SKA countries tussle over costs

Lengthy negotiations are underway to establish how much each country involved will pay for the first phase of the Square Kilometre Array (SKA) radio telescope, MPs heard on Wednesday.

“The big issue is the funding model,” SKA South Africa project director Bernie Fanaroff told members of Parliament’s science and technology portfolio committee.

Phase one of the giant project was expected to cost EU650 million (about R8.9 billion).

“There’s been a long, long, long negotiation over how much each country’s got to pay and how much it will get back, and how much is in cash and how much in kind,” he said.

The project to build the world’s biggest radio telescope is managed by the international SKA Organisation, which currently comprises 10 countries — Australia, Canada, China, Germany, Italy, Netherlands, New Zealand, South Africa, Sweden, and the United Kingdom.

So called because the total collecting area of the SKA’s 3000 dish antenna will be one square kilometre, the telescope will have “central collecting regions” in both Australia and South Africa.

Fanaroff said the SKA’s board of directors last month put a cap on the capital costs for phase one of the project.

“There has now been a detailed study of phase one costs, and the board has decided to cap that cost. We’re now saying we must design the telescope to achieve the science within that cost.

“The capital cost, as capped by the board, is EU650 million over the period 2017 to 2023.”

He said this cost would be covered by all members of the SKA Organisation, which was actively recruiting other countries to join.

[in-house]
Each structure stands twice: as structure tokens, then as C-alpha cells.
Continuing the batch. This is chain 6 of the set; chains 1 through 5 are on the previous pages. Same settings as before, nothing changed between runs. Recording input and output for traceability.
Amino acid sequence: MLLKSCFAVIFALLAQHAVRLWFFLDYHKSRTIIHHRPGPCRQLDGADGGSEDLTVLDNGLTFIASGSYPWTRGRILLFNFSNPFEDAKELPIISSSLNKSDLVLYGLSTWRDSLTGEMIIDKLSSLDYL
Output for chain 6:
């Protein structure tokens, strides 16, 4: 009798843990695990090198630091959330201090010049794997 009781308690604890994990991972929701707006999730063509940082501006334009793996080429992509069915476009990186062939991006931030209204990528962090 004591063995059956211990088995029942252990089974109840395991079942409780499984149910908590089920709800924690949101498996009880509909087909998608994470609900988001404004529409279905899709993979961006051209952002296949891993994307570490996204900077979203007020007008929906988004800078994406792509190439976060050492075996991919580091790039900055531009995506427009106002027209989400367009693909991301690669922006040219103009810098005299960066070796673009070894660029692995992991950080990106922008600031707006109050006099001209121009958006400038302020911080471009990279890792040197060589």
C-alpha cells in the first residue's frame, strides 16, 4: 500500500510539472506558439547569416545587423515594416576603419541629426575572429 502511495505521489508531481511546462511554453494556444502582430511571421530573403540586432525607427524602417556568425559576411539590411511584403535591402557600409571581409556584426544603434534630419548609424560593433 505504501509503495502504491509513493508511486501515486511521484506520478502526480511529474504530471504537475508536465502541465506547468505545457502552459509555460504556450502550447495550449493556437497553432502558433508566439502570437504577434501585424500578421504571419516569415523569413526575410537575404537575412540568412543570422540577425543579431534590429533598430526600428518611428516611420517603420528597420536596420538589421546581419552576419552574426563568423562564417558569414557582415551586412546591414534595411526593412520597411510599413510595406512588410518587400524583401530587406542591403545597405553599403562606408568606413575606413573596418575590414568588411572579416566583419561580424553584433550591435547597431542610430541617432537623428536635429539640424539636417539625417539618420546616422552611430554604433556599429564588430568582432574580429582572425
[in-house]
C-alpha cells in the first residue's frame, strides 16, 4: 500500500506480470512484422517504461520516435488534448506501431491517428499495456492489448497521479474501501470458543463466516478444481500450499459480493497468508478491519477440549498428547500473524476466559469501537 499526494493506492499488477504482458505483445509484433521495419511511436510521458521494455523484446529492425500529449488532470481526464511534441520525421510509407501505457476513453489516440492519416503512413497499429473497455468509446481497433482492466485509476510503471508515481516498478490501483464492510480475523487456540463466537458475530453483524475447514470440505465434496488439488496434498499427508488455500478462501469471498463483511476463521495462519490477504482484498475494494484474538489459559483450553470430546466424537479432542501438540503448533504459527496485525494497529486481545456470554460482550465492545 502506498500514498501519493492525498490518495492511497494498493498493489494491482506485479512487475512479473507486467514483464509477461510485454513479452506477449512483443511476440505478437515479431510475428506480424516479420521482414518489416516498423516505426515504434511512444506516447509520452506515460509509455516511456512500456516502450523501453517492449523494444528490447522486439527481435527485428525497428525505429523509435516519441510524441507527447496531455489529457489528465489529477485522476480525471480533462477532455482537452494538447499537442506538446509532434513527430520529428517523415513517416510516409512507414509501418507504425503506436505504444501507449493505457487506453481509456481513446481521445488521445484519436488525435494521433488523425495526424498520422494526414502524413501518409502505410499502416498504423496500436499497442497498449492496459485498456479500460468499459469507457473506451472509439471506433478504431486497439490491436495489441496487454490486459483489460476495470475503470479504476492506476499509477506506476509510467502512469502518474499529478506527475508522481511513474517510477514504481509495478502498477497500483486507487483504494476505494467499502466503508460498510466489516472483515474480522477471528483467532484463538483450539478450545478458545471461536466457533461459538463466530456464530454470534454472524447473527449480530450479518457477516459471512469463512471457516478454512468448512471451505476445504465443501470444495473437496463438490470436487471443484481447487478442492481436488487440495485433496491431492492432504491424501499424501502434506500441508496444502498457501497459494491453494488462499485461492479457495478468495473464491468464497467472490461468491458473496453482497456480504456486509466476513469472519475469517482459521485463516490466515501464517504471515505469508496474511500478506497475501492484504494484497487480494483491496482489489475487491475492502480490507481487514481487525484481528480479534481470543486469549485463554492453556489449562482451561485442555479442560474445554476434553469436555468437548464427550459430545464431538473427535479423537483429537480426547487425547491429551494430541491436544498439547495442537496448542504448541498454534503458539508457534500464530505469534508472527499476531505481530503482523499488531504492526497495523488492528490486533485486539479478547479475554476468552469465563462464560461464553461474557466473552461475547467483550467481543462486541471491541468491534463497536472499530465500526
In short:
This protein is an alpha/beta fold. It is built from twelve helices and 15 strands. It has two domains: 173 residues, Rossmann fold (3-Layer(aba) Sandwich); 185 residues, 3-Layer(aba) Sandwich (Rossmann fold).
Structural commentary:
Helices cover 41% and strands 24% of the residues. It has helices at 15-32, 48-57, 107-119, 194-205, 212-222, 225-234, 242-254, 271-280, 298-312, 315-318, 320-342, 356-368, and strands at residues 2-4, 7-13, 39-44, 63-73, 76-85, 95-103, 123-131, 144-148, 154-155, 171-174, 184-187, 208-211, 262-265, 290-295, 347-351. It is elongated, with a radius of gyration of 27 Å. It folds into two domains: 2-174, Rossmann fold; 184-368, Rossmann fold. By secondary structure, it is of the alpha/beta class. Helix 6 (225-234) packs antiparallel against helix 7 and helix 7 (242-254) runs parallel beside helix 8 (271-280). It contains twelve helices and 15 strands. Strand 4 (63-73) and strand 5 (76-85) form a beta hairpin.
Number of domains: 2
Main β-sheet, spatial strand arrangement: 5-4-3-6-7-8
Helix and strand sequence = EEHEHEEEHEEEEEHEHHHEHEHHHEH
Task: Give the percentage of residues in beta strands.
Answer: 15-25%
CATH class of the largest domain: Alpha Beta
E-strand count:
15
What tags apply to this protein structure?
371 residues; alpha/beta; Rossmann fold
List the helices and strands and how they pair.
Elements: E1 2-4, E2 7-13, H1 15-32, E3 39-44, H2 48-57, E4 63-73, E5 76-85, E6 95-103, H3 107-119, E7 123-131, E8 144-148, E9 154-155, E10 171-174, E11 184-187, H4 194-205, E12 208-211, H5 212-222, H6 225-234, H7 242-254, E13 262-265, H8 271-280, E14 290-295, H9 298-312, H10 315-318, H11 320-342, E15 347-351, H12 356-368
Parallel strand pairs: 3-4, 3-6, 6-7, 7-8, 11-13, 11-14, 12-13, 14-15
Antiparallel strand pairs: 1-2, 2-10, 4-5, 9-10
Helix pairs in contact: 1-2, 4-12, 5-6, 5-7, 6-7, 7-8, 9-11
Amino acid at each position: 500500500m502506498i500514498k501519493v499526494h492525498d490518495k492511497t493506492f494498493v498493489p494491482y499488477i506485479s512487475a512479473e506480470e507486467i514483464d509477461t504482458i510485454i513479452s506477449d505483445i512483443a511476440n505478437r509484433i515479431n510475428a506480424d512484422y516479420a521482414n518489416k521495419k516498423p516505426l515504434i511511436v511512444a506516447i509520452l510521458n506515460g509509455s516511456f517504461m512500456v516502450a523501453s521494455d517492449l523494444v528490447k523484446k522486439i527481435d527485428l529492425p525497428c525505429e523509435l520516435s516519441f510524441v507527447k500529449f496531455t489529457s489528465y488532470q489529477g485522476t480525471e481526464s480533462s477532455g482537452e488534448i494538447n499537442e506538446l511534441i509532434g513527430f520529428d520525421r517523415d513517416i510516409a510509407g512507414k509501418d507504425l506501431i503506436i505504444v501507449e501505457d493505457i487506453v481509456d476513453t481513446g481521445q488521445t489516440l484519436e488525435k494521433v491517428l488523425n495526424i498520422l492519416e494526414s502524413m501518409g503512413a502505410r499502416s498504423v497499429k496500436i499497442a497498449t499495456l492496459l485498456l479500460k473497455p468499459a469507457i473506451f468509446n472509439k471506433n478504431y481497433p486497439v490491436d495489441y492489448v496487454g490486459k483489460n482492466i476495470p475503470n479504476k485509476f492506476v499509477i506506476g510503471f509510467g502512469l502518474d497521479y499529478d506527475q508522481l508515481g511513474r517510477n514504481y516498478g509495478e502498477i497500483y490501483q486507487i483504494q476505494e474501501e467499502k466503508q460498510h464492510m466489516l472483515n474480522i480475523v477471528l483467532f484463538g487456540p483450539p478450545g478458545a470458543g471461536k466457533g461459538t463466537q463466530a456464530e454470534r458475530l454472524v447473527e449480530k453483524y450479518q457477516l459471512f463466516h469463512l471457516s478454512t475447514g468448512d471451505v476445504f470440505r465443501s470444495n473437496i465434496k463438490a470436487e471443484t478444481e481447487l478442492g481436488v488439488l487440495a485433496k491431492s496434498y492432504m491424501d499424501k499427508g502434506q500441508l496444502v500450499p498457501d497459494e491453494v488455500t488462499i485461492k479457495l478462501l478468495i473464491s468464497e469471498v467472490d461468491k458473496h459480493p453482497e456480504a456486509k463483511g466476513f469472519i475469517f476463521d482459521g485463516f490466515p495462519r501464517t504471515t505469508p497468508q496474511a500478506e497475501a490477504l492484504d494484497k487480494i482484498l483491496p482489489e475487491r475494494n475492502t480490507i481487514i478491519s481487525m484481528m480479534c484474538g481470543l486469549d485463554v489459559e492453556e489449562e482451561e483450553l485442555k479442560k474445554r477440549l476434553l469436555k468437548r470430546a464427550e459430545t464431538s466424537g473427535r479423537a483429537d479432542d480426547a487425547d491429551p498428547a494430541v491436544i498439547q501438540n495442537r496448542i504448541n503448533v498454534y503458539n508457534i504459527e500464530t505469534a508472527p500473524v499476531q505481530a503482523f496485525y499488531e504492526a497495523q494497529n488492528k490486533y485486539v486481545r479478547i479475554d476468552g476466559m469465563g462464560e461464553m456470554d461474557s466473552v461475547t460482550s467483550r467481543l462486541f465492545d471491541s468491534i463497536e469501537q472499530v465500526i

“So it is possible there will be other contributions. The [United States] will almost certainly come in after 2020. We hope the European Union will find some way of contributing as well.”

He suggested the project’s second and final phase would cost less than the first.

“The cost of SKA phase two will only be clear when the design is done… but we expect it to be cheaper, because the technologies will be cheaper by that time.”

Also still being negotiated was the “in-kind contribution” value to be placed on South Africa’s MeerKat radio telescope, which, Fanaroff said, was “on track” and set to deliver its first science in 2017.

It was planned to integrate the MeerKat radio telescope — on completion in 2017 it would comprise 64 antenna — into the SKA in 2021 or 2022.

Fanaroff said the SKA Organisation wanted South Africa and Australia, as the countries in which the telescope was to be located, to contribute more to the cost of its construction than others. However, the two countries had said there was a ceiling on what they could contribute.

He also revealed that some countries had taken a “very hard line” on contributions, but did not say which countries these were. The negotiations on who paid how much “won’t be completed before next year”, he said.

The SKA will be built in South Africa and Australia, with some outstations in eight African partner countries — Botswana, Ghana, Kenya, Madagascar, Mauritius, Mozambique, Namibia, and Zambia.

Once fully operational, it will be one of the largest science projects in the world, and at least 50 times more powerful and 10,000 times faster than any other radio telescope.

Radio astronomers will use the SKA to understand how stars and galaxies formed, and how they evolved over time. And if there is intelligent life out there, they are hoping their giant instrument will detect it.

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SKA countries tussle over costs